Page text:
Sensors 2017, 17, 171; doi:10.3390/s17010171 www.mdpi.com/journal/sensors

    http://www.mdpi.com/journal/sensorshttp://www.mdpi.comhttp://www.mdpi.com/journal/sensors

  • Sensors 2017, 17, 171 2 of 15

    to reflect the degree of airway obstruction [5]. When the wheezing sound occurs, the patient mighthave no sufficient amount of air to maintain normal breathing, resulting in dyspnea, asphyxia or otherlife-threatening situations [6]. Therefore, it is important to detect wheezing sounds automatically,and then to provide prompt medical treatment for patients with acute airway obstruction.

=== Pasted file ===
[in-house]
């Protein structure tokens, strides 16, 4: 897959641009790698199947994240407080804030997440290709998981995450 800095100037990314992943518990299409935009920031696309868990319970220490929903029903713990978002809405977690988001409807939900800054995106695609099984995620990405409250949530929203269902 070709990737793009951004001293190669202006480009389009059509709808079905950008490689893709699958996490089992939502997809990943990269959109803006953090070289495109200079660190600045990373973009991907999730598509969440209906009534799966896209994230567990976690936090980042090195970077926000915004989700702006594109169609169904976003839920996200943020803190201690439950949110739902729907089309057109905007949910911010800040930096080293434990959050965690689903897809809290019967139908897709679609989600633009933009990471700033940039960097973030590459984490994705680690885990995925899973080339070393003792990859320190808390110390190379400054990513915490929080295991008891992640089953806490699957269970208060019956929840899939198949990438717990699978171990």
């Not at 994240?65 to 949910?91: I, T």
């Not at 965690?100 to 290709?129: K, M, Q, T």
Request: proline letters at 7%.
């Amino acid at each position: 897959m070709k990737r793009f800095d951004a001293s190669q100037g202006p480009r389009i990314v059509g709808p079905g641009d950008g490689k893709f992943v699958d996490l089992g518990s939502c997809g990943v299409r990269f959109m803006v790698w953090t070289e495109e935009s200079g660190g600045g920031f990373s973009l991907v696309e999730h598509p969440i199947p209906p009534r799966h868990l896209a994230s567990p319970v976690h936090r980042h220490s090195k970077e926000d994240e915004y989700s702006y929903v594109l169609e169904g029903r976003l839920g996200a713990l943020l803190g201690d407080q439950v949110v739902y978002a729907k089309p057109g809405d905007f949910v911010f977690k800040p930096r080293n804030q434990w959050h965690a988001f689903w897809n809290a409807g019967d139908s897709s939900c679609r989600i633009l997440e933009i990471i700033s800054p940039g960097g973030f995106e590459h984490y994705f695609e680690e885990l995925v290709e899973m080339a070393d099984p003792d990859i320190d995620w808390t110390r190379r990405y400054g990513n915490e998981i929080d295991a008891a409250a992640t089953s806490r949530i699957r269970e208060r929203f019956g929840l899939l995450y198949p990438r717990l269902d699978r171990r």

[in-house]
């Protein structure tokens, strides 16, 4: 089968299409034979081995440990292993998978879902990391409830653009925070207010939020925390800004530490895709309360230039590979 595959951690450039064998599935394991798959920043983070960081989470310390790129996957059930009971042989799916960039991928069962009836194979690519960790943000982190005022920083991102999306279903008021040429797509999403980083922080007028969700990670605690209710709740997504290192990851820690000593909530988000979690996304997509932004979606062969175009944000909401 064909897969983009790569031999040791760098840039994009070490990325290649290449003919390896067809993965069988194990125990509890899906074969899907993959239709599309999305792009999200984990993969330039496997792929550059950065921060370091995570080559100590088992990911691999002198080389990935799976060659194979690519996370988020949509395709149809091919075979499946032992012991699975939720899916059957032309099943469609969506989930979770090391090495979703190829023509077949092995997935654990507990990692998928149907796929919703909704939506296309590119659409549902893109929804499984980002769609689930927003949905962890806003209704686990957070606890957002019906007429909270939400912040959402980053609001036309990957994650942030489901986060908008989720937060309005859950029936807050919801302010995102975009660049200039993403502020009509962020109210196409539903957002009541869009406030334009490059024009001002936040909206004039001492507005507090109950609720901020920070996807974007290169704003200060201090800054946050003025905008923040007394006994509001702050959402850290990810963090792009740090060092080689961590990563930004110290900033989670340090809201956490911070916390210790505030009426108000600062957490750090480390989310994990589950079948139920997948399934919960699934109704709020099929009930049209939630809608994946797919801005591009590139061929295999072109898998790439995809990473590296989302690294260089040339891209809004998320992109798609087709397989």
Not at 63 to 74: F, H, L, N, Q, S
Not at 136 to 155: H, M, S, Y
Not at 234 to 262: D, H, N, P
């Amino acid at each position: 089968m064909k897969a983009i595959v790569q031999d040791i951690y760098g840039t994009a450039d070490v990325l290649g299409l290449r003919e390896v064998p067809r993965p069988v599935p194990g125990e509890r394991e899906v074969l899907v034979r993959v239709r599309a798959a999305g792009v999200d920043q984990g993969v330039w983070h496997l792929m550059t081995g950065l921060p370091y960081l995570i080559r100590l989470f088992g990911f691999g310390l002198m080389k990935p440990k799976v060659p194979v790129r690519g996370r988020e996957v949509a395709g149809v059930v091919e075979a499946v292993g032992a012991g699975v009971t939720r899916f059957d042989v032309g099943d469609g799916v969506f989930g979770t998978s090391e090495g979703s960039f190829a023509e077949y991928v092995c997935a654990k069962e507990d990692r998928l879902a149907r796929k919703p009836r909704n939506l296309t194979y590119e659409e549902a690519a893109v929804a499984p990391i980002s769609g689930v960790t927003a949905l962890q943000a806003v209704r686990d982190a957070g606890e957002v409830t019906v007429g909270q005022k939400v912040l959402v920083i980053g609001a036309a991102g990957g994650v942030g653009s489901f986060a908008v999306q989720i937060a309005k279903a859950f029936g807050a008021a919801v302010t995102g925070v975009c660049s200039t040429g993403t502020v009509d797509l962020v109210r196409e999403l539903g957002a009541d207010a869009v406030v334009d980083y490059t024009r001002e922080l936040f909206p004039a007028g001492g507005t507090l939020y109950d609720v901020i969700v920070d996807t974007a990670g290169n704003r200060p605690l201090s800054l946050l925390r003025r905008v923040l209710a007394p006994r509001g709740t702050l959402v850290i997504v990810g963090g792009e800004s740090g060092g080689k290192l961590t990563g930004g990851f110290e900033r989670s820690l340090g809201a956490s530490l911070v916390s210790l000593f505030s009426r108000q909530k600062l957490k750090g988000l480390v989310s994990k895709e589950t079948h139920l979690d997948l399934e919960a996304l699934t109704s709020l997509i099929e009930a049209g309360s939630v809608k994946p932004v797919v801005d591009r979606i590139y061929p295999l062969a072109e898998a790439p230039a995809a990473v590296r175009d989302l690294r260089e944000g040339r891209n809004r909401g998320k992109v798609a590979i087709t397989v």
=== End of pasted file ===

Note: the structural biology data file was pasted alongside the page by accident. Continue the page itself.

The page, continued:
Currently, investigation of breathing sounds is mainly based on the auscultation approach bythe experienced physicians. This method is simple, convenient, and non-invasive, but it is alsosubjectively dependent on the experience of the physicians, the variability of the human auditorysystem and the specifications of stethoscopes [7,8]. In previous studies [920], several approaches,such as a spirometer, vibration response image (VRI), piezoelectric sensor and air-coupled microphone,had also been used to evaluate the feature of breathing sounds objectively. In 1994, Schreur et al.determined the parameters of lung sound intensity (LSI), frequency content in quartile point andpeak frequency from the flow-dependent power spectrum of lung sounds to investigate the lungsound features of patients with bronchial asthma [15]. In 1999, Kiyokawa et al. investigated thefeature pattern of hourly nocturnal wheezing count (NWC), the duration of wheezing sounds, and theforced expiratory volume in one second (FEV1), which was obtained from a spirometer to evaluate theseverity of bronchoconstriction [16]. In 2002, Gross et al. used the ratio of relative power at maximalflow (RPMF) between inspiratory and expiratory in the frequency band of 300600 Hz to investigatethe lung sound features of pneumonia [17]. In 2014, Ier et al. used the ratio of maximum and minimalfrequency in power spectral density (PSD), and the normalized instantaneous frequency of lungsounds to distinguish different abnormal lung sounds [18]. Most of the above methods just providethe lung sound information in frequency or time domain, respectively. In 2008, Sello et al. comparedthree quartile frequencies in the global wavelet spectrum to investigate the severity of respiratoryinsufficiency in patients with COPD [19]. In 2009, Riella et al. used image processing techniques toextract the spectral projection of lung sound spectrogram to identify wheezing sounds [20]. From thespectrogram of lung sounds, the information of lung sounds in both time and frequency domains couldbe extracted. However, it also requires a relatively long raw data and computational complexity for timefrequency analysis, and this is inconvenient for several commercial portable devices, which containsrelatively low computing ability and memory, to perform real-time wheeze detection. Moreover, mostof the devices used in the above studies were not wearable, and were also not convenient for long-termmonitoring of breathing sounds in daily life.